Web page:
What are the best Cashback Websites? Do You Use Cashback Rewards?
Over the years, I’ve seen countless adverts for cashback websites, cashback credit cards, cashback bank accounts, cashback rewards are everywhere!
I paid very little attention to it in the beginning, assuming it must be a bit of a scam. Surely anything offering to give you free money just for spending money must be a scam, right?
Not necessarily…Now, as I have mentioned before, I am no financial expert. I do not claim to have any qualifications making me the person to trust with your money. I do, however, have a keen eye for saving, and a slight obsession with money in general, and over the years, I’ve built up a fairly useful set of personal financial planning tools.
In the months leading up to buying my apartment, a good work friend had mentioned one day that she had logged into her long forgotten TopCashBack account only to find that she had £300 of cash rewards sitting there waiting to be claimed. My first thoughts? Bullshit.
But, intrigued nonetheless, I had a look and signed up. Couldn’t hurt, I thought. I started looking at the other types of cashback rewards available and realised that some of them really require no effort at all! Below, I’ve noted some of the ways in which I use cashback rewards to save a little bit of spare cash. Let me know if you know of any more that I may be missing!
TopCashBack & Quidco
I was wary of this one to begin with, but I went ahead and registered anyway as I didn’t need to link any bank details and it only got as personal as providing my email address for Paypal. What I did immediately notice, was the huge number of financial and insurance companies offering cashback through this website. I tried it out a few times on small purchases, simply by logging in to the website, and clicking through to the retailers’ website from there.
I began to use it to compare insurances for my new apartment, there are often cashback offers of up to £2-3 just for getting a valid quote from a company. Eventually, I had used it to take out all of my insurance policies, home, contents, car, as well as for my AA breakdown cover, opening new credit cards and even a current account.
Around this time, it snowballed fairly quickly and I racked up a few hundred quid within around 6 months. Since then, it has slowed considerably as i don’t need to make these purchases so regularly, but to date, I have earned a total of £531.34 in cashback rewards. To begin with, I was withdrawing it as soon as it became available (which can take a few months from the date of purchase), but now I trust it a bit more so am happy to accumulate some cash in that account before transferring around £100 at a time via Paypal to my current account.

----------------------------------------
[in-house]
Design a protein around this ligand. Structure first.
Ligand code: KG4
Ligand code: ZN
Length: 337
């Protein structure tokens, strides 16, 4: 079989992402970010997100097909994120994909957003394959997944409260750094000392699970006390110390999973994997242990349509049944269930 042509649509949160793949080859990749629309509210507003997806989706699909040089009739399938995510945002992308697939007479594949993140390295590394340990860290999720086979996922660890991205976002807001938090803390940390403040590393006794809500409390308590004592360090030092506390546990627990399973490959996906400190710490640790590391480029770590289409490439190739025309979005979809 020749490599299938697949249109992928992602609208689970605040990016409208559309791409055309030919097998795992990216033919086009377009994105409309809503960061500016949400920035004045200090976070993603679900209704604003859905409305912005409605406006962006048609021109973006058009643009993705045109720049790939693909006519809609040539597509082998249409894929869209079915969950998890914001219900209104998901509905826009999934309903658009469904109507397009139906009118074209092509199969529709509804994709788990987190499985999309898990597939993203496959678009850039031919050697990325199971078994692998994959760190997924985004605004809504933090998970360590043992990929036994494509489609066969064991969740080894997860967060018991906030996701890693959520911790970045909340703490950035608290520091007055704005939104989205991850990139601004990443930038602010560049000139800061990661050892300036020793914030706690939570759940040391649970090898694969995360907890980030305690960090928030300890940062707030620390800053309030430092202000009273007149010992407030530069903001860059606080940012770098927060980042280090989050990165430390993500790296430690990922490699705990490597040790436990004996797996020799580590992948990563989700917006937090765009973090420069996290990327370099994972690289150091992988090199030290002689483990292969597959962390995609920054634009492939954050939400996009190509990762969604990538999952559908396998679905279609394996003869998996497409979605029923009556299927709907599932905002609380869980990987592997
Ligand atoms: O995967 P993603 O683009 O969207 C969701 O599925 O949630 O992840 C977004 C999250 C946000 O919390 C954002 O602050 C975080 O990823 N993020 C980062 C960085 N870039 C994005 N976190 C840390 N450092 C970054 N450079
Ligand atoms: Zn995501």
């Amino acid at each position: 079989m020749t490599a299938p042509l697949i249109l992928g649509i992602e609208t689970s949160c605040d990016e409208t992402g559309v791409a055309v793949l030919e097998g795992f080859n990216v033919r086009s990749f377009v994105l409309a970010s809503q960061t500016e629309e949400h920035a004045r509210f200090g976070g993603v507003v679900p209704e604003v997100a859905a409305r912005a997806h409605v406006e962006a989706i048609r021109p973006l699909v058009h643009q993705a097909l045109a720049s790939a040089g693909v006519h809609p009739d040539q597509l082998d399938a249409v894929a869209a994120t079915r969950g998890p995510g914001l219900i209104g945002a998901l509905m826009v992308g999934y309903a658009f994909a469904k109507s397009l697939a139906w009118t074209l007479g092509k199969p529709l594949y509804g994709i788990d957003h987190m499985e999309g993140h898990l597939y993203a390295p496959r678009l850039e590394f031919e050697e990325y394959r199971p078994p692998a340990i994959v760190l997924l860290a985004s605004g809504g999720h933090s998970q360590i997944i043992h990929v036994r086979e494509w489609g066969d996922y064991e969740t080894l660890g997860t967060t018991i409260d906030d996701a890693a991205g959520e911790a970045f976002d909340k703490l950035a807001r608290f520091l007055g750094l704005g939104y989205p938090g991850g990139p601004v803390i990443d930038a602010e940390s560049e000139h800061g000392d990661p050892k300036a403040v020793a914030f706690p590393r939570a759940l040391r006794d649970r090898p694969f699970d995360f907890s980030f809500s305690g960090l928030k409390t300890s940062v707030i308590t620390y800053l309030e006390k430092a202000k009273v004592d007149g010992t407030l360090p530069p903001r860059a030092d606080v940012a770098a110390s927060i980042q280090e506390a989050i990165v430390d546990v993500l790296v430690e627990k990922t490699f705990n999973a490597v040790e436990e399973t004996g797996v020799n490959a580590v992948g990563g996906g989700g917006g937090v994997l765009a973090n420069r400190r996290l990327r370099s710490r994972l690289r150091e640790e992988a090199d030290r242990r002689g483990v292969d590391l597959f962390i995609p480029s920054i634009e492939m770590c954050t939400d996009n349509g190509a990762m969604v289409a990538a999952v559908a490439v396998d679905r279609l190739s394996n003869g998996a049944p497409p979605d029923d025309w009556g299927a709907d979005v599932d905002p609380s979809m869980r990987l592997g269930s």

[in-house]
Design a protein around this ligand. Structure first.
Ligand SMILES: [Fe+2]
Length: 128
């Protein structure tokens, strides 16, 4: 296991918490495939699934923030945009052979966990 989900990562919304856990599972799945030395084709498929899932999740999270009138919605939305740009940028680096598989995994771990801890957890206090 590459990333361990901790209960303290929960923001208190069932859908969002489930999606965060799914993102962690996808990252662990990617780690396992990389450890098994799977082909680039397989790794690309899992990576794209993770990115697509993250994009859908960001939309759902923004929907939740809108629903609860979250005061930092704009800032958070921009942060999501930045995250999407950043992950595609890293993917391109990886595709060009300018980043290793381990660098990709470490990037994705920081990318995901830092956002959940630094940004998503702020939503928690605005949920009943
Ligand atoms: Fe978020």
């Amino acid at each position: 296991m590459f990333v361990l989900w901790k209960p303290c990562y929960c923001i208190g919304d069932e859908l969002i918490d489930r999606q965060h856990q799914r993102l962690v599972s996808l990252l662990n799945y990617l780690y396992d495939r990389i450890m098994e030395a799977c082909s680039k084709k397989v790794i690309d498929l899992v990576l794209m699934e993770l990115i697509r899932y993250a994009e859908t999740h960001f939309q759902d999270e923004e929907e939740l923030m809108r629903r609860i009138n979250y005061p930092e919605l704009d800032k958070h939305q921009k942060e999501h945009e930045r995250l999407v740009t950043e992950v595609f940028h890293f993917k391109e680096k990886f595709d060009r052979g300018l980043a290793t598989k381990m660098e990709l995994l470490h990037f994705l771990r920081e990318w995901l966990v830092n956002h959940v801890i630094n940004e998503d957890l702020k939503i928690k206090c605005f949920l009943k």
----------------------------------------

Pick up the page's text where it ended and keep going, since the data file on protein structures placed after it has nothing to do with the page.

Do cashback websites work? I’ve earned over £500 using TopCashback alone!
You can register for TopCashBack using my link here
Full disclosure, I will receive a reward (usually £5) when you make your first purchase if you register using my link. There are often promotions running which will also give you a bonus when using a referral link.
I have recently set up a Quidco account too, as there was a particular retailer which didn’t offer a reward on TopCashBack. I’ve got around £30 in that account but don’t use it very often. In the beginning I would compare the rates offered on both sites, but I normally can’t be arsed with that any more. It’s worth doing for larger purchases as the rates can vary considerably between websites. But I’m a creature of habit!
There are SO MANY cashback offers out there for switching bank accounts, offering up to £150 or sometimes even £200 for simply switching your current account to another bank. I’ve personally never used any of these offers, but the only reason for that is because I have held both of my current accounts for 10+ years, which helps to keep up my credit score. You get positive points based on how long your average account has been open. Since a lot of my others are fairly new, credit cards etc. which have been held for less than a few years, I don’t want to switch from one of those and drastically lower the average age of my accounts.
For my Barclays account, I pay £3 per month, and am rewarded with £7 cashback for paying 2 direct debits from the account, and paying in £800 per month. I get my wages paid into this account so that is no problem, and have two small direct debits linked to it, as this isn’t my main bills paying account. My mobile phone bill is one, as OH is obviously not contributing to that.
With TSB, I need to pay in £500 per month, which is covered by mine and OH’s transfers to pay our bills from that account. I also need to pay 2 direct debits from this one, which is no problem as it’s the main bills account. There is no monthly fee, but a lower reward of £5 for the direct debits. There is also another £5 per month reward available for making 20 debit card purchases across the month, but I don’t use this as I don’t spend ANY money from this account at all. I don’t think I have even activated the debit card!